Regardless of the weather, coffee, waffles and smaller dishes can be served in the over 100 year old stone hut of the hiking association. In the hut you can also have a stone stamped by yourself, as proof that you have climbed the Gaustatoppen. The best starting point for this hike is Stavsro, which is located at 1173 m asl. Here is a large parking lot with kiosk and toilets. The path is well marked with red Ts, and most take two hours to reach the summit and a little shorter time for the descent. On the way you can find stones with prints of sea waves. These stones date from a time when the sea reached up here, where today is high mountains. You can find more information and impressive pictures here


With the Gaustabans you come comfortably up the mountain. The track leads in two stages (technically separated but organizationally inseparable) in the mountain. At an altitude of 1170 m, you first take a tram-like tram 850 m horizontally into the mountain, then one climbs in the mountain to a funicular that brings you up to a total of 650 m over a length of 1050 m. Exit is then 80 m below the mountain hut at the end of a tunnel.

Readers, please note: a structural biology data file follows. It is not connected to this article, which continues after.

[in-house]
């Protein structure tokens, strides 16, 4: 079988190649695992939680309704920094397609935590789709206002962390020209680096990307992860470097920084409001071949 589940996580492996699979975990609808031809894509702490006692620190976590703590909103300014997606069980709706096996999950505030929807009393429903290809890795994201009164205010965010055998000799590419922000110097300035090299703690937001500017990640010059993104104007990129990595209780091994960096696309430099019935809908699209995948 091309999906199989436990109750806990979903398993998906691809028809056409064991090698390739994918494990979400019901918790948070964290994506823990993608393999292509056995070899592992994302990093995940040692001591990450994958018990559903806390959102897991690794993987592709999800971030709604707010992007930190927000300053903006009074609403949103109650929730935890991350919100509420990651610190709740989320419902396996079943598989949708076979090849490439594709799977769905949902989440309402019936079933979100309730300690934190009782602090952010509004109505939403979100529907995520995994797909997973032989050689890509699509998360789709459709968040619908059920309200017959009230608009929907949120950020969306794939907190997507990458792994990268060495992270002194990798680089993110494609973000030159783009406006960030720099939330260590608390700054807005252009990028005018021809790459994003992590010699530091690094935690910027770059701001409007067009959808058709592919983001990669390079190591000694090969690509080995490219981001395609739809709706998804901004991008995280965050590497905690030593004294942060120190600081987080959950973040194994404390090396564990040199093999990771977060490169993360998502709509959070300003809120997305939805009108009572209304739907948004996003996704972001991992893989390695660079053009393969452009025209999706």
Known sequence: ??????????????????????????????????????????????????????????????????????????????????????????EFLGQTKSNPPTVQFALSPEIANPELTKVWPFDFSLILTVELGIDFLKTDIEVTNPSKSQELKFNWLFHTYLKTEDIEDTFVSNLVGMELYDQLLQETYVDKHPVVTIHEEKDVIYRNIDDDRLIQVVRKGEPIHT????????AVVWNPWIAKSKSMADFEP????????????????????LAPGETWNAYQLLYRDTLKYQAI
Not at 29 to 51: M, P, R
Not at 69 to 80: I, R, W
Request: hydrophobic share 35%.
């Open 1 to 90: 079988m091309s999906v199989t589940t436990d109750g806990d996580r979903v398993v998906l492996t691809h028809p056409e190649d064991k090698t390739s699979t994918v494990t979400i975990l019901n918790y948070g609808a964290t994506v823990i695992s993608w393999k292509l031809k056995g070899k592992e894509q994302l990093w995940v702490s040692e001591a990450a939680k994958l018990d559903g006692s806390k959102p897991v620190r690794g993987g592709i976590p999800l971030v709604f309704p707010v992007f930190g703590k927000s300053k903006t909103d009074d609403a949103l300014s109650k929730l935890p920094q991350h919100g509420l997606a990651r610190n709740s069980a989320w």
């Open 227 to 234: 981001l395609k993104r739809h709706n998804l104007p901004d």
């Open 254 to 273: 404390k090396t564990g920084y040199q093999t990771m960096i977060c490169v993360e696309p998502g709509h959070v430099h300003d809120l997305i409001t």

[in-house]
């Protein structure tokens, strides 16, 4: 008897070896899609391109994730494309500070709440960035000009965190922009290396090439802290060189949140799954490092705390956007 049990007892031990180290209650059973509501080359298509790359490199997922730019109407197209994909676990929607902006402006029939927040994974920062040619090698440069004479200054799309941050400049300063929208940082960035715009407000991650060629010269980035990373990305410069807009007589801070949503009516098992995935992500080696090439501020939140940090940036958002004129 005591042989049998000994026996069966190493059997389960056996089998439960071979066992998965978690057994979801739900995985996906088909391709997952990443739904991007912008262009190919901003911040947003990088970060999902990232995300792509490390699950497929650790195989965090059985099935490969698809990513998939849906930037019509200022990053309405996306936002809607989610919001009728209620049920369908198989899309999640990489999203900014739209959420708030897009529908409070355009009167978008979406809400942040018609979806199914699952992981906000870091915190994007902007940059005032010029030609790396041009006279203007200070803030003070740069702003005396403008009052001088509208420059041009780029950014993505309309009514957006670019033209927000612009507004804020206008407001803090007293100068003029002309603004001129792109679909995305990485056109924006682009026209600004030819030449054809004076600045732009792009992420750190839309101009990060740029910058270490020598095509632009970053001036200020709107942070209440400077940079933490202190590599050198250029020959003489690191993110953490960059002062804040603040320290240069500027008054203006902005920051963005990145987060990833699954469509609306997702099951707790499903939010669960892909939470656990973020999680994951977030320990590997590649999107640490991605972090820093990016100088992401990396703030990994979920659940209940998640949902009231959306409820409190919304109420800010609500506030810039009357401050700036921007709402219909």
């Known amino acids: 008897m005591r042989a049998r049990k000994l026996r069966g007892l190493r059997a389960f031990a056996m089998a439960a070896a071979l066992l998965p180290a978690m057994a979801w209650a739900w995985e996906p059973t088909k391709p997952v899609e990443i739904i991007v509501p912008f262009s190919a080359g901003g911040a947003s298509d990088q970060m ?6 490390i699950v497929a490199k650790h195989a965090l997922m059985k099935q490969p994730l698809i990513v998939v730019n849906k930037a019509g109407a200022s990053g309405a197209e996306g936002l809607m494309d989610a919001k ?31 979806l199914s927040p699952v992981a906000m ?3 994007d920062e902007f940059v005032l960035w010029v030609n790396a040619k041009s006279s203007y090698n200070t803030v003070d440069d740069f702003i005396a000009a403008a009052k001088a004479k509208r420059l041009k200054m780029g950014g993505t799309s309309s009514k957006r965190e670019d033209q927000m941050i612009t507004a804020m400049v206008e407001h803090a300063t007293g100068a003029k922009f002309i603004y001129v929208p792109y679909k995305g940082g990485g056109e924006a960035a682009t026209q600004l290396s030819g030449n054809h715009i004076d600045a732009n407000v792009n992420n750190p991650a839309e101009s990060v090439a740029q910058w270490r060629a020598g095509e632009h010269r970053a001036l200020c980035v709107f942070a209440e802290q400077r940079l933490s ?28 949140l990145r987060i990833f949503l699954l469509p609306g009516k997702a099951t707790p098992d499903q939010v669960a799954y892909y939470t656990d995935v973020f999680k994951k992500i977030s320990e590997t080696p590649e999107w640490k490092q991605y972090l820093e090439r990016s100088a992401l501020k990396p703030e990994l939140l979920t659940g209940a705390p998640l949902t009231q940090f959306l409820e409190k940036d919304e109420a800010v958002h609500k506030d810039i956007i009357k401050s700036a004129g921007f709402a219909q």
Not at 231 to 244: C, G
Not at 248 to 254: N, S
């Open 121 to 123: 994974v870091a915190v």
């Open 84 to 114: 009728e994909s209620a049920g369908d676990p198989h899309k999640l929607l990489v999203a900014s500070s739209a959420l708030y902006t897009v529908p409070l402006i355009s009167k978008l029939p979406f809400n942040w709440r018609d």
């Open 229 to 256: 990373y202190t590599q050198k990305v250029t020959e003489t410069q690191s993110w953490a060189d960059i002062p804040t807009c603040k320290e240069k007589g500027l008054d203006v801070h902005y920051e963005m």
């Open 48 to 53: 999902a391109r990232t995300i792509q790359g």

The idea for the railway was developed in 1953 to develop the Gaustatoppen touristic. This idea, however, was quickly adopted by the army and intelligence services during the Cold War, which built the railway in 1959. It was not until 2008 that an agreement with the Norwegian Armed Forces was concluded and the railway opened in 2010 after extensive renovation work for public transport. The train is not open all year round. Further information can be found on the homepage of  "Gaustabanen" .


View of the majestic Gaustatoppen when you walk from Mæl towards Rjukan, the ridge in snow and then the view into the valley towards Mæl and Tinnsjø and then completely different the view of the Gaustatoppen from Gvepseborg and the Selstali Seter seen. Of course, the view into the interior of the Gaustatoppen must not be missing.